I found it annoying that Vickers acts like a schoolgirl, gushing over him every moment. But her secretary sees right through Bromfield’s phony behavior, especially after noticing two identical pill boxes. The doctor, along with a detective, test the pills and confirm something is truly wrong with Bromfield.


As part of his diabolical plan, Bromfield suddenly becomes nasty to his wife, ranting and raving. This is simply a cover for him to storm off to Palm Springs, return and confess his intimate indiscretions. To back up his story and his carefully planted evidence, his girlfriend dutifully drives to Palm Springs. Instead of a Palm Springs weekend, however, his real plan is simply to kill Vickers while she sleeps, drive around then return and "discover" someone has killed his beloved wife. The last ten minutes is the reason to see the film through.  A slick double-twist that will have your frown turned upside down.

Saturday, April 9, 2016

LOST, LONELY AND VICIOUS (1958)


Starting out as a pseudo-documentary, the narration by an authoritarian figure informs us that life can be troubling for young Hollywood thespians. He makes it a point to mention these are only actors portraying real people. These “actors,” ironically, are a cast of unknowns, each hoping for their own break in show business. This film is not going to help. Their dialogue is perfectly memorized, each ready for that one word, “Action!” The main focus of this thin-budgeted film concerns confused youth with “Rebel Without a Cause” fresh on Hollywood’s mind. Ken Clayton plays the troubled main character. 



Our handsome hero's very first starring role turns out to be an overnight success. His fellow actors and actresses seem to have less talent and nothing but unrealistic dreams with little drive or ambition. No wait. Those are Millennials. These wannabes meet at a soda shop where seemingly one area microphone was used for that realistic soda shop feel. There is a lumpy guy with a plaid driver’s cap, always standing around eating popcorn and staring. If that is not funny enough, old “Toots” fakes playing the harmonetta with a bouncy rhythm unrelated to the song playing. Yes. These teens are confused.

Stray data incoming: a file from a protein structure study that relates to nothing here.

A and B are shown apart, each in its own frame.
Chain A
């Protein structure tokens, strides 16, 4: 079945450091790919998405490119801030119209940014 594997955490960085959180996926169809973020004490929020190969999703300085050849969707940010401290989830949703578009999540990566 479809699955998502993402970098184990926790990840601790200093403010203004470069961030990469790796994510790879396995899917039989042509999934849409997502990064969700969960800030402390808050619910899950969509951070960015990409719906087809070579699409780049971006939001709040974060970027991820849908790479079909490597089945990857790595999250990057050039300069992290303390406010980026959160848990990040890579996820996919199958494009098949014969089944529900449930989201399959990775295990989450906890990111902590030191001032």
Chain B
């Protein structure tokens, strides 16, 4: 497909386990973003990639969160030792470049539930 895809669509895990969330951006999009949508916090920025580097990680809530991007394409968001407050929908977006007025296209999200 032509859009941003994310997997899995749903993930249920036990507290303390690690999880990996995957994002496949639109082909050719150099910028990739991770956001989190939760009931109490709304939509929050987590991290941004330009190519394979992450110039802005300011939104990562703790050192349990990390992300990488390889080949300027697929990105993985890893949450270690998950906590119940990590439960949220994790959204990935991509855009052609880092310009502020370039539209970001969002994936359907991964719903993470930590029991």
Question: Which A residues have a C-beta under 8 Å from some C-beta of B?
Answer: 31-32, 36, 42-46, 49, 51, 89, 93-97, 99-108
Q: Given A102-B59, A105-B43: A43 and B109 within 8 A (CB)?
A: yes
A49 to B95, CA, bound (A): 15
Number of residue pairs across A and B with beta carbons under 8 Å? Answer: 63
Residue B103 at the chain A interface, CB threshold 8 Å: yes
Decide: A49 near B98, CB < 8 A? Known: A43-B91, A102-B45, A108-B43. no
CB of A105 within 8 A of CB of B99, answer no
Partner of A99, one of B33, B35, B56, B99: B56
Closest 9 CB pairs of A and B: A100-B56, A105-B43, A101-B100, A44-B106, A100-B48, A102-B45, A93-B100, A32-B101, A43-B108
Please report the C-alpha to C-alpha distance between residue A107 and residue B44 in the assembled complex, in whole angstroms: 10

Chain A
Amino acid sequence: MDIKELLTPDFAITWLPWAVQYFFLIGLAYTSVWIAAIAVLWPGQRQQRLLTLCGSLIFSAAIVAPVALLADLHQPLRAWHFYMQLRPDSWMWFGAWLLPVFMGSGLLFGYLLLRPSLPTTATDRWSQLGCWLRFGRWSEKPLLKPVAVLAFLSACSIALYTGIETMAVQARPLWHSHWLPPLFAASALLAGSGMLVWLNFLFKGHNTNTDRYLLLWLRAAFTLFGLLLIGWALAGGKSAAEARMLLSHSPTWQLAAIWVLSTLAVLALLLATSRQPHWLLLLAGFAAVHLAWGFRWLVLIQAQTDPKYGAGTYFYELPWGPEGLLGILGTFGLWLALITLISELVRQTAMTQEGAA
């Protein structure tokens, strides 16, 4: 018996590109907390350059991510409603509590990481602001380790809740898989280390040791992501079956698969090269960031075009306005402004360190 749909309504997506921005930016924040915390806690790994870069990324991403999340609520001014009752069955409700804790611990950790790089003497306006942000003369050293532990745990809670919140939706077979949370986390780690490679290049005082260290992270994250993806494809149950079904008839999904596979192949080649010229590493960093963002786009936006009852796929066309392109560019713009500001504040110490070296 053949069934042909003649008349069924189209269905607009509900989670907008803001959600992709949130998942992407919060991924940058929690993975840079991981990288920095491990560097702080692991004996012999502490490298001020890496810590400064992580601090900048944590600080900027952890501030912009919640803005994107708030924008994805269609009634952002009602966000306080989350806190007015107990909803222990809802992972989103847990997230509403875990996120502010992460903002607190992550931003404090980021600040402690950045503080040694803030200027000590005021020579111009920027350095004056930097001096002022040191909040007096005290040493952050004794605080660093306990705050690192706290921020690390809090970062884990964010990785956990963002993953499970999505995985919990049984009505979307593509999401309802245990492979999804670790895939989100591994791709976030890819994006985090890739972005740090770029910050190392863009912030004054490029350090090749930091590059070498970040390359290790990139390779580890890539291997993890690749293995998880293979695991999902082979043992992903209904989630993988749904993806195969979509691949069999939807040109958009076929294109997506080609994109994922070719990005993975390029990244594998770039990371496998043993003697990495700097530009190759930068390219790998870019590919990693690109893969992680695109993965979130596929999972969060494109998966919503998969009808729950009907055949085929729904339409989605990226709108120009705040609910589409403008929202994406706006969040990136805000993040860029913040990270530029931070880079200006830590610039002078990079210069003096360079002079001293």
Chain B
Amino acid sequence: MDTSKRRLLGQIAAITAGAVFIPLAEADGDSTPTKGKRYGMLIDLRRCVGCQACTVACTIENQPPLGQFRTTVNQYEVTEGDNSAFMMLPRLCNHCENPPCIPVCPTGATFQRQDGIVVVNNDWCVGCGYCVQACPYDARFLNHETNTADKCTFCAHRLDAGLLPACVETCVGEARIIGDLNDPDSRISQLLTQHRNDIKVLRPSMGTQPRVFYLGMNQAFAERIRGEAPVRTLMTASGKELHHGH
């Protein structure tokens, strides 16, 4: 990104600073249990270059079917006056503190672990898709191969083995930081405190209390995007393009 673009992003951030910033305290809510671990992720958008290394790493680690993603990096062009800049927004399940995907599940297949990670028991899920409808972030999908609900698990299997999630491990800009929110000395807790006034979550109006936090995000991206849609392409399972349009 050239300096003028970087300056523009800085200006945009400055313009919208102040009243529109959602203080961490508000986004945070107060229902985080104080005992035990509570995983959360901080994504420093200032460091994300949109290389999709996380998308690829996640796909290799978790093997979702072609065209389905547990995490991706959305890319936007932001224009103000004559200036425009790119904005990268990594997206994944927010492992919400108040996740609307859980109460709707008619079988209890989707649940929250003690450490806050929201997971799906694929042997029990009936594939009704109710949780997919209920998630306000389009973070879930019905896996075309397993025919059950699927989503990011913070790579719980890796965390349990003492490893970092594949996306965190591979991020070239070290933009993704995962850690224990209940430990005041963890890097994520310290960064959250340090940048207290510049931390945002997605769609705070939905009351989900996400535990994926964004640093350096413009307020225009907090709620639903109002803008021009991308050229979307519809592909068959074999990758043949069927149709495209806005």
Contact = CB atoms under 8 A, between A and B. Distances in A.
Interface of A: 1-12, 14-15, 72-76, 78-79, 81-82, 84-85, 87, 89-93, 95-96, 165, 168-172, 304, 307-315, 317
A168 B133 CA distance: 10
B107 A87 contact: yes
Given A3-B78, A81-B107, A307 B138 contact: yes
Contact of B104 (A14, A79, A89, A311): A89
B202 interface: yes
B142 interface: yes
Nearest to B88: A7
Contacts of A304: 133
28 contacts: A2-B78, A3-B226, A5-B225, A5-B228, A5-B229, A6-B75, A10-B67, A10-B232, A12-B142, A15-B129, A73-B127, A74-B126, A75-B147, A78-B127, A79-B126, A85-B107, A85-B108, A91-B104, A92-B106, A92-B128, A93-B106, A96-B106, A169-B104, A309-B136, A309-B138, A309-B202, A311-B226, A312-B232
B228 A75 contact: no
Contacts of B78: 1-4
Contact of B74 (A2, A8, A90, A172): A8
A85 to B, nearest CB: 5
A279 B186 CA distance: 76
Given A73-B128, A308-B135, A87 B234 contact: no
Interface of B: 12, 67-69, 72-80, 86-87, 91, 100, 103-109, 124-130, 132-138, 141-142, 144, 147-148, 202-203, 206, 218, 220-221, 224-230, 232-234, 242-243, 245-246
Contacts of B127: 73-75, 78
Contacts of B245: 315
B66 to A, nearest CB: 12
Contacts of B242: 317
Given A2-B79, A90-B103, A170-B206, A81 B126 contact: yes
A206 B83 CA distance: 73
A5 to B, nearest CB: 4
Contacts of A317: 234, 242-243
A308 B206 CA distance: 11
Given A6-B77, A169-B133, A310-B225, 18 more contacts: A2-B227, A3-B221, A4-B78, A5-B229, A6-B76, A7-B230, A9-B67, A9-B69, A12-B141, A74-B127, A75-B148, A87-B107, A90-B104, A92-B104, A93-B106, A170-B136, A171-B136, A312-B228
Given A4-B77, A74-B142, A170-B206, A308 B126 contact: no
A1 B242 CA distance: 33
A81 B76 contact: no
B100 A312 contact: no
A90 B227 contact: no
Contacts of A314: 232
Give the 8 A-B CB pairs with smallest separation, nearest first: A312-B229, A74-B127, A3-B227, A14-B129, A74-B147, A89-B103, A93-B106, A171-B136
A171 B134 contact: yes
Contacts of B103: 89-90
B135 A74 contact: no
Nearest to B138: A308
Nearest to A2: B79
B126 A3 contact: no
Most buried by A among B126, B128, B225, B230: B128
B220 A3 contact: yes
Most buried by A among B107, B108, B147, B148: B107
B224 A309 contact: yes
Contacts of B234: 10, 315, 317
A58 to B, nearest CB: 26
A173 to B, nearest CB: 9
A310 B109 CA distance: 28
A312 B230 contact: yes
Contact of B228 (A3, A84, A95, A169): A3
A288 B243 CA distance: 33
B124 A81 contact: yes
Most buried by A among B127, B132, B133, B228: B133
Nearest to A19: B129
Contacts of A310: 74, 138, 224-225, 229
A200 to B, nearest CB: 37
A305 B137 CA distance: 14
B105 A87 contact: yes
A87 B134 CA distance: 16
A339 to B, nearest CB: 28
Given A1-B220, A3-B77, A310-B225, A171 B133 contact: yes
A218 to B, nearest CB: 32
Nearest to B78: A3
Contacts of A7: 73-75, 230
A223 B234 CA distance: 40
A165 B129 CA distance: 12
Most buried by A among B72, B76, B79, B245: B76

Decent location filming is used for a car chase of sorts. Despite the phony automobile sound effects, it is the only “real” element in the film. But the rising star seems fixated on death, alternating between violence and kindness. He angers a jealous actor with his T-Bird convertible, trying to make him crash on a highway. He nearly hits a girl at one point and the script brings them together later in the library. After reconsidering nearly being crippled for life, she makes googly-eyes at this rich, cute guy. She becomes interested in his odd thinking and helps him consider other things besides death. Like a future together. Driving lessons. They even share two Cokes to seal their friendship. A Coke and a smile.




His drama coach and life-guide is a Greta Garbo-looking and sounding actress, Lilyan Chauvin, who seeks counsel from a mental health expert, asking why this talented boy is consumed with death. Could be this picture. In another amateur scene, she tries to break through to him, hoping he will appreciate the talent he has to offer. They have a very close relationship but they never, ever shared a Coke. Their long conversations are excruciating to sit through which explains my own thoughts about death.